The trouble is, our ANS is unable to differentiate between the very real threat of an out-of-control car that is careering towards us, and the persistent – but less immediately life threatening – day-to-day fears and worrying thoughts, that can pervade our waking and sleeping lives! The untamed voice in our head can become our own worst enemy. An internal saboteur, terrorising us on a daily basis with thoughts of ‘what if’, self-judgement and condemnation. If this fearful voice continues to run the show, the ANS can become progressively more and more out of balance. This can lead to negative consequences to our well-being, and unfortunately, for the well-being of those around us.

Most of our animal companions have an autonomic nervous system, and just like us, they too, can become out of balance. This is very often the root cause of what we perceive as problem behaviour. An out of balance ANS can cause us all to become more sensitive/aggressive, less cooperative and trusting and more likely to judge rather than empathise. Soothing and nurturing everyone’s nervous system is usually a big part of the picture in the resolution of behavioural issues.

Put simply, it’s the difference between a life lived in love and a life lived in fear!

Some of the more extreme behavioural issues that people can experience with their dogs –   aggression, separation anxiety, compulsive patterns of behaviour, destruction and eating problems – are rooted in an out-of-balance ANS.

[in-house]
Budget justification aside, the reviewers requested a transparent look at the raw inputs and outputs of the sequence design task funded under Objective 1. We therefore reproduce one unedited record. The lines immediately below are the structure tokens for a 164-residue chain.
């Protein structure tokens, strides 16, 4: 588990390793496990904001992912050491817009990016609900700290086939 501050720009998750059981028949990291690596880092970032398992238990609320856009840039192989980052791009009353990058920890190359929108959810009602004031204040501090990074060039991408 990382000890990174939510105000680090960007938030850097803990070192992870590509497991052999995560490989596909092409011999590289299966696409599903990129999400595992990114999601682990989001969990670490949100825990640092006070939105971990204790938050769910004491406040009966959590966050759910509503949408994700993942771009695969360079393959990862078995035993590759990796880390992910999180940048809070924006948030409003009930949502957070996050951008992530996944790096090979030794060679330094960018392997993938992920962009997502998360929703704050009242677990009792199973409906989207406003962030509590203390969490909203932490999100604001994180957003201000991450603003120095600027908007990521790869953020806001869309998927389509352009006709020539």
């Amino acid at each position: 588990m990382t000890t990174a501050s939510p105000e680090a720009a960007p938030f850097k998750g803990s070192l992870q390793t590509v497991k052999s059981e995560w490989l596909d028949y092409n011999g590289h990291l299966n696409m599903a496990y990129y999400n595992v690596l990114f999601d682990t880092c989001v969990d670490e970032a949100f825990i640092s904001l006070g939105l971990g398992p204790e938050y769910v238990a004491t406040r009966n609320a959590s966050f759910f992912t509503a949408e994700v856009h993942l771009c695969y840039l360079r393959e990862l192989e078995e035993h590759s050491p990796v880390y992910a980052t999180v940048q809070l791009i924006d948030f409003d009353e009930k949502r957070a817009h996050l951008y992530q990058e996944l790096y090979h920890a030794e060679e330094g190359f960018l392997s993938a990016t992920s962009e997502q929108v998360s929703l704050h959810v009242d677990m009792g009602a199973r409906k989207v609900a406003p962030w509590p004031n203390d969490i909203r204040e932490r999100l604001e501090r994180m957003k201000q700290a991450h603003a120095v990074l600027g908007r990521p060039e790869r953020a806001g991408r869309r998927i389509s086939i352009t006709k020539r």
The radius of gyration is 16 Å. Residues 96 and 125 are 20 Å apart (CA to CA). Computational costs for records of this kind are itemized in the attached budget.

Sometimes a shift in perspective and a change in the way that we are doing things is enough to help our dogs to feel safe with us and therefore, more able to relax and cooperate, more of the time. Sometimes however, when stress and anxiety are more pervasive, we may need to soothe and nurture our own ANS as part of the process, and these are some of the strategies that I use to create lasting change –

–          Meditation – proven to reduce stress, increase serotonin (feel good chemical) and improve cognitive ability and immune function, amongst a multitude of other amazing benefits!

–          Breathing techniques that are easy to implement, any time any place, and have an immediate, soothing effect on the ANS.

–          Strategic interventions to challenge the voice in the head and create the space for real and lasting change to take place.

Next week I’m off to Oulton Broad to further my knowledge of EFT (Emotional Freedom Technique) with the inspirational Kath Temple –